But every year and seemingly every great moment of Busch’s inevitably first-ballot NASCAR Hall of Fame career has always been dogged by a “yeah, but …”
He exploded onto the Cup Series scene. Yeah, but the remarkable early success in 2003-04 that led to that Cup title is remembered by many more for his ongoing feud with Jimmy “Mr. Excitement” Spencer as it is for his seven wins over two years.
He won his Cup title with Roush Racing. Yeah, but his exit from the team became testy when Roush felt as though Busch hadn’t given him fair warning about the racer’s departure for Penske Racing, and he missed what would have been his final races with Roush after he was parked by NASCAR for a DUI citation and resulting altercation with police in Phoenix.
He won 10 races for Roger Penske. Yeah, but after he was fined $50,000 for screaming at ESPN pit reporter Dr. Jerry Punch, The Captain had seen enough and they parted ways.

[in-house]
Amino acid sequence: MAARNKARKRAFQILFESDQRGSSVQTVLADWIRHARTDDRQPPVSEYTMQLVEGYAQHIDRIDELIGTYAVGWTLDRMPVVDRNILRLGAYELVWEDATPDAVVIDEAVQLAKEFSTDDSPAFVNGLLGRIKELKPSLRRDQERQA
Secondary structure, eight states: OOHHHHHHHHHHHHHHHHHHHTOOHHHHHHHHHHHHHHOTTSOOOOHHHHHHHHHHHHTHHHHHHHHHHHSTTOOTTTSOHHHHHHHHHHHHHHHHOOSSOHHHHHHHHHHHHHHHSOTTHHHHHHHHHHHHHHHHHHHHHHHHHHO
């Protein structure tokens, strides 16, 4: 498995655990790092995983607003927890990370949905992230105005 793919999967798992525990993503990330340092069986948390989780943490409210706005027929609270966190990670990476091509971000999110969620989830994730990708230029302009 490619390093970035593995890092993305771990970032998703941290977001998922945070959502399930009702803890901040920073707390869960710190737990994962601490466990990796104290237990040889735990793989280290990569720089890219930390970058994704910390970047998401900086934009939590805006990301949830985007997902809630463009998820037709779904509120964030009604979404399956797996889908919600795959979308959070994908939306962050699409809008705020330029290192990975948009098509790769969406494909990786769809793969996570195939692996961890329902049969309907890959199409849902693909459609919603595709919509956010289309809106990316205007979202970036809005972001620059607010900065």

He landed with Phoenix Racing and embraced the underdog role, even running Ricky Bobby’s “ME” cougar paint scheme at Talladega. Yeah, but he was also placed on probation for an incident with Ryan Newman at Darlington and the following week received a one-race suspension when he responded to a question from reporter Bob Pockrass about his behavior while on probation by saying, “It refrains me from not beating the s— out of you right now because you ask me stupid questions.”